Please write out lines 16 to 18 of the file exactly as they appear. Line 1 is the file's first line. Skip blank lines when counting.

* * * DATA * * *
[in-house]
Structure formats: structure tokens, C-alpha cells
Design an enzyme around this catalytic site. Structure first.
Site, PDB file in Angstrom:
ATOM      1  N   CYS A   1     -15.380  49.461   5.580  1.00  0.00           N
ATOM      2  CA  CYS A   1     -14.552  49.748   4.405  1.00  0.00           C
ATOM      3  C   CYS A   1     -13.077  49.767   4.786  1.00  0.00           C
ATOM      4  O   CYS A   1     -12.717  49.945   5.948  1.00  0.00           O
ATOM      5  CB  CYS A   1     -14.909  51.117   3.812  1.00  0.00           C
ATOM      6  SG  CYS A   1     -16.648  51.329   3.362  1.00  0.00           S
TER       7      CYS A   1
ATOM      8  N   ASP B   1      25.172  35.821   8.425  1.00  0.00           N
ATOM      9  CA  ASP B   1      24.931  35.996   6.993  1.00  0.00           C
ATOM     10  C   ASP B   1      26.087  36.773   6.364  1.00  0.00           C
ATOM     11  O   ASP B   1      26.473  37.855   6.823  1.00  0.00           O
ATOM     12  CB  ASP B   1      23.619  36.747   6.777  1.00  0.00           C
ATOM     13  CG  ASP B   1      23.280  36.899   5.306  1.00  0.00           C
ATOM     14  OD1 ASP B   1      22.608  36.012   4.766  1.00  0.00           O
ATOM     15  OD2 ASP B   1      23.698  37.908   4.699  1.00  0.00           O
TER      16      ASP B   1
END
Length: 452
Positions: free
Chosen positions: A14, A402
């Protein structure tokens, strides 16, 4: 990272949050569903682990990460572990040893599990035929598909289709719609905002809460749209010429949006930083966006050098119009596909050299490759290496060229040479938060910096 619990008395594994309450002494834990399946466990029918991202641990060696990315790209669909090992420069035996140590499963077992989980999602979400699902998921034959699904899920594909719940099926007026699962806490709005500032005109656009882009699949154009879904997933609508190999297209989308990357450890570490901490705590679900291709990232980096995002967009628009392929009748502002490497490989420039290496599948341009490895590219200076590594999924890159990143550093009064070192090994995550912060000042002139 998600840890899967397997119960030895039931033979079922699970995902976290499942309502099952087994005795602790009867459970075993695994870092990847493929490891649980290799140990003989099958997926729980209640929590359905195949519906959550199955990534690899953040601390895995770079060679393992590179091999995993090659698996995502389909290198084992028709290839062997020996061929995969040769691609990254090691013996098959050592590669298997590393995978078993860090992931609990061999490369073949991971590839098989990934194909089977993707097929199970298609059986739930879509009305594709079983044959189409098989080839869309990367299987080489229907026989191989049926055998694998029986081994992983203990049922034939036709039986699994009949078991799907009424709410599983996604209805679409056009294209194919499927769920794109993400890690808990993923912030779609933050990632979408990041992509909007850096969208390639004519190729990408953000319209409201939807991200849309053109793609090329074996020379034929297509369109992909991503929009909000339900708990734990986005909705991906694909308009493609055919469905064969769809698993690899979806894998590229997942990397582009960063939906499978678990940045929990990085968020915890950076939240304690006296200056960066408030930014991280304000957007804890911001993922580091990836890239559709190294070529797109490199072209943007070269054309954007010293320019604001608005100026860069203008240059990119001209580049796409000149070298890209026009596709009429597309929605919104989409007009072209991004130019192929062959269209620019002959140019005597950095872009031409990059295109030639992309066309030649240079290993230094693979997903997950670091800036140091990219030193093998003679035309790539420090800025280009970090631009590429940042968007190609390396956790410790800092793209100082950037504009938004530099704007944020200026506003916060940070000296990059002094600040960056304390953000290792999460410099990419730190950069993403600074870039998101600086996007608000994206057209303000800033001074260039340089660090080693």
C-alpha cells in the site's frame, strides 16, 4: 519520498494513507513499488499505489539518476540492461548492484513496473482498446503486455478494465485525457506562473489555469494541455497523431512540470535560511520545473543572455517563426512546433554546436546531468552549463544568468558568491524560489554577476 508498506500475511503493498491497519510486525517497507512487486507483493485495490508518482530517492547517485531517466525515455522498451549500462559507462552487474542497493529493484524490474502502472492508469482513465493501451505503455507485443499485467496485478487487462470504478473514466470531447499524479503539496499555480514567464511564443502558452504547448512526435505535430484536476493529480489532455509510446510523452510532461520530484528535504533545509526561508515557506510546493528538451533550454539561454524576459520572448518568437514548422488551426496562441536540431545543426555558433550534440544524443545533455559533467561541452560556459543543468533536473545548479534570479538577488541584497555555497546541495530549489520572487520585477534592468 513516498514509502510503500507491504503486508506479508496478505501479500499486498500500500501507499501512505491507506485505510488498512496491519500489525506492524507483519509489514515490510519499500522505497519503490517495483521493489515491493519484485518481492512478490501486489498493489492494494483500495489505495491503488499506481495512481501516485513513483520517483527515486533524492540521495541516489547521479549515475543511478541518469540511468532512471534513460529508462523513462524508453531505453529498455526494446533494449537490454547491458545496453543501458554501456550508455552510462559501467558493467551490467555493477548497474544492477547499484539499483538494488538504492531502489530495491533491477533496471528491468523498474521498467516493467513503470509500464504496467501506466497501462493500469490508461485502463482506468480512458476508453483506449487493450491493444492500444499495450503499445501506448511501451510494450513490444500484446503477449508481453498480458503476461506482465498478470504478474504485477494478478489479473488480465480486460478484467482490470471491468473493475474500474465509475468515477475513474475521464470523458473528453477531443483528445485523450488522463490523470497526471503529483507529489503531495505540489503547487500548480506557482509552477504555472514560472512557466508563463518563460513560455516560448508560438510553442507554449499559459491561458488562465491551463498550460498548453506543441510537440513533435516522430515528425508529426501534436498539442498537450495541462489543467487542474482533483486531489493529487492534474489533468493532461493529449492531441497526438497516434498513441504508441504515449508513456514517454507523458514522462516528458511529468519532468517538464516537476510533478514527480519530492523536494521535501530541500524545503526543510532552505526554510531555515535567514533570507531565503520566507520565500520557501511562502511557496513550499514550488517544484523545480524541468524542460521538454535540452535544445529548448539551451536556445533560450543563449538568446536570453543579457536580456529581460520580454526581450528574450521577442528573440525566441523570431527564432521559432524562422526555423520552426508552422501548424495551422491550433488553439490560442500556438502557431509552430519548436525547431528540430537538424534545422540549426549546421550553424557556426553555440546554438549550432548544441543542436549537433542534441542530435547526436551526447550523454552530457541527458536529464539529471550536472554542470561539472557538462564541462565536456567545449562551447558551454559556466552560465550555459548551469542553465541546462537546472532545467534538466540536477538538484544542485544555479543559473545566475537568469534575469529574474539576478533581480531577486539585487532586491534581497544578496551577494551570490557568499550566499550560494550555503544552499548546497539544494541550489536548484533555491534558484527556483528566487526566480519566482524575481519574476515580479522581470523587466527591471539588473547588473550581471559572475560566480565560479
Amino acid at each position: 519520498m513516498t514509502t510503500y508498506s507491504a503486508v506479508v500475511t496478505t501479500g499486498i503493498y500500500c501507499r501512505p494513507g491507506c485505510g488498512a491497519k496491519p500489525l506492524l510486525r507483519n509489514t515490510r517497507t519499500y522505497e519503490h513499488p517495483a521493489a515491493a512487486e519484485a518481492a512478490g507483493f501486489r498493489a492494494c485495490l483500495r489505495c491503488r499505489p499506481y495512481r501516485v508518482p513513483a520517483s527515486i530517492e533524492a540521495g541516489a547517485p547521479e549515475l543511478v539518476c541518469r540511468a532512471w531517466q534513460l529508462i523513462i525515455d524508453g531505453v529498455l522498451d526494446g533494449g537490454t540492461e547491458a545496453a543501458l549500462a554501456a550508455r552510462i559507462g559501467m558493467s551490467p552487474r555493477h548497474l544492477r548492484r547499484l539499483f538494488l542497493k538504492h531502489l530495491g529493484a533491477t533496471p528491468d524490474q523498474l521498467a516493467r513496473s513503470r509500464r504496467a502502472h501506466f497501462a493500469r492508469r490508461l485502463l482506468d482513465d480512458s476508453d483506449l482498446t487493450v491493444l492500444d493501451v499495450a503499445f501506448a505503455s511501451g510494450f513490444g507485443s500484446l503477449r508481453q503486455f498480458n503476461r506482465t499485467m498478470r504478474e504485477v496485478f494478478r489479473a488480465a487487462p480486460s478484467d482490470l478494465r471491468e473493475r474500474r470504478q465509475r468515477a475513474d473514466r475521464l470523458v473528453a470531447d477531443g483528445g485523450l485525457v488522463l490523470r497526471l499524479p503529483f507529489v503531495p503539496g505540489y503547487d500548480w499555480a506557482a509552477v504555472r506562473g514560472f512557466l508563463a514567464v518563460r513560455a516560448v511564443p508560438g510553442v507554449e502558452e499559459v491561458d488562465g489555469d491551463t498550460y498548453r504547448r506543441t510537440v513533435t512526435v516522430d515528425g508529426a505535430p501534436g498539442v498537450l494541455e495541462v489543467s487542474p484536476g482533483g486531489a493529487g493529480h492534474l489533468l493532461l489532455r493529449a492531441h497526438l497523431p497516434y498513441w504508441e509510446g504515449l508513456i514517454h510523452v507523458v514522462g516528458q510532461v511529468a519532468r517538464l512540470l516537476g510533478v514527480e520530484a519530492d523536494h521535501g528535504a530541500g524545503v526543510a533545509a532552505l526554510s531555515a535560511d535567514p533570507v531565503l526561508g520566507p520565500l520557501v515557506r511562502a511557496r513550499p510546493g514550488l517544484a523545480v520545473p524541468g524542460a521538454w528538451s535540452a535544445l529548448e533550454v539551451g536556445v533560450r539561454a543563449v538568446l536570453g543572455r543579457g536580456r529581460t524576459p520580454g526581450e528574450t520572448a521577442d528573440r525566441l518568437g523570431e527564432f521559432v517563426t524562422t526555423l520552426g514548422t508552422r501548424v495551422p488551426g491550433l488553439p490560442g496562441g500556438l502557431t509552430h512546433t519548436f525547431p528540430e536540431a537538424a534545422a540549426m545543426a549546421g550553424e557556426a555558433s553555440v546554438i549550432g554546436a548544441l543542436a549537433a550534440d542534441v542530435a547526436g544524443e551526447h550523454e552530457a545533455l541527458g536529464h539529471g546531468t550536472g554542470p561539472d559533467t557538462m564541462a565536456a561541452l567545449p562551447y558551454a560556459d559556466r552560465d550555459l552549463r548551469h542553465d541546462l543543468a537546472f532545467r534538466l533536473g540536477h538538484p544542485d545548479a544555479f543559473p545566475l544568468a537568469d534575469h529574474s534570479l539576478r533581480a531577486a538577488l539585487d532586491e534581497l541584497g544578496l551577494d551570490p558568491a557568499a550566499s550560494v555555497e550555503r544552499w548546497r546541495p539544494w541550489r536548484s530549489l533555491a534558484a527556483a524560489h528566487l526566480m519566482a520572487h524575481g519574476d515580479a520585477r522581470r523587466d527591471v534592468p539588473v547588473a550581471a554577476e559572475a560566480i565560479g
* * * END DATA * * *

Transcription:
ATOM     12  CB  ASP B   1      23.619  36.747   6.777  1.00  0.00           C
ATOM     13  CG  ASP B   1      23.280  36.899   5.306  1.00  0.00           C
ATOM     14  OD1 ASP B   1      22.608  36.012   4.766  1.00  0.00           O